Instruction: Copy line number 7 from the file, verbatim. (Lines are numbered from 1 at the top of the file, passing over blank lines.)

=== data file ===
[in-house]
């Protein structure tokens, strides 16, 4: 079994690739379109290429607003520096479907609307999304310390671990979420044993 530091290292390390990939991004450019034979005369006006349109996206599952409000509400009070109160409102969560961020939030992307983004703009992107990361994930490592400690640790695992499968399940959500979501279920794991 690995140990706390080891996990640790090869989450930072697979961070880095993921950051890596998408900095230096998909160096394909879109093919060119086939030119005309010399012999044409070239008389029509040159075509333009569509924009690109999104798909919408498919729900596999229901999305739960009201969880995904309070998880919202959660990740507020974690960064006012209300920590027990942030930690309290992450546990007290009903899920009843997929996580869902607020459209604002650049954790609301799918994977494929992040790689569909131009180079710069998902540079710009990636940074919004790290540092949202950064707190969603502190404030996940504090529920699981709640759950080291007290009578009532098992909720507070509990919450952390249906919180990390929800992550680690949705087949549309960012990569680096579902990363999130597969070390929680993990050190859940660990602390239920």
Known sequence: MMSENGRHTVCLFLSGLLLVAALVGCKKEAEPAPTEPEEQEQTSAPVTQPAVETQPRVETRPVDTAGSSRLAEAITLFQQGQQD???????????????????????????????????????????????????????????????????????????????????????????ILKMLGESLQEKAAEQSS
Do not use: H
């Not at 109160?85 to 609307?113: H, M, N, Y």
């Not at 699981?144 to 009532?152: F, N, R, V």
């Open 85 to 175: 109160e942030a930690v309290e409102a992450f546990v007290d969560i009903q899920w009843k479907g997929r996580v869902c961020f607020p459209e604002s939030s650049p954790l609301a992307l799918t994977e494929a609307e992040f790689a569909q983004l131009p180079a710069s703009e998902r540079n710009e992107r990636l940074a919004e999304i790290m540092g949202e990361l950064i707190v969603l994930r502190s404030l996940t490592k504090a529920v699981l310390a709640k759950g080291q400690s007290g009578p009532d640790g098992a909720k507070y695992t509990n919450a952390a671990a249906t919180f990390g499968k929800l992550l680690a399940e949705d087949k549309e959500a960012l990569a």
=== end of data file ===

């Open 85 to 175: 109160e942030a930690v309290e409102a992450f546990v007290d969560i009903q899920w009843k479907g997929r996580v869902c961020f607020p459209e604002s939030s650049p954790l609301a992307l799918t994977e494929a609307e992040f790689a569909q983004l131009p180079a710069s703009e998902r540079n710009e992107r990636l940074a919004e999304i790290m540092g949202e990361l950064i707190v969603l994930r502190s404030l996940t490592k504090a529920v699981l310390a709640k759950g080291q400690s007290g009578p009532d640790g098992a909720k507070y695992t509990n919450a952390a671990a249906t919180f990390g499968k929800l992550l680690a399940e949705d087949k549309e959500a960012l990569a």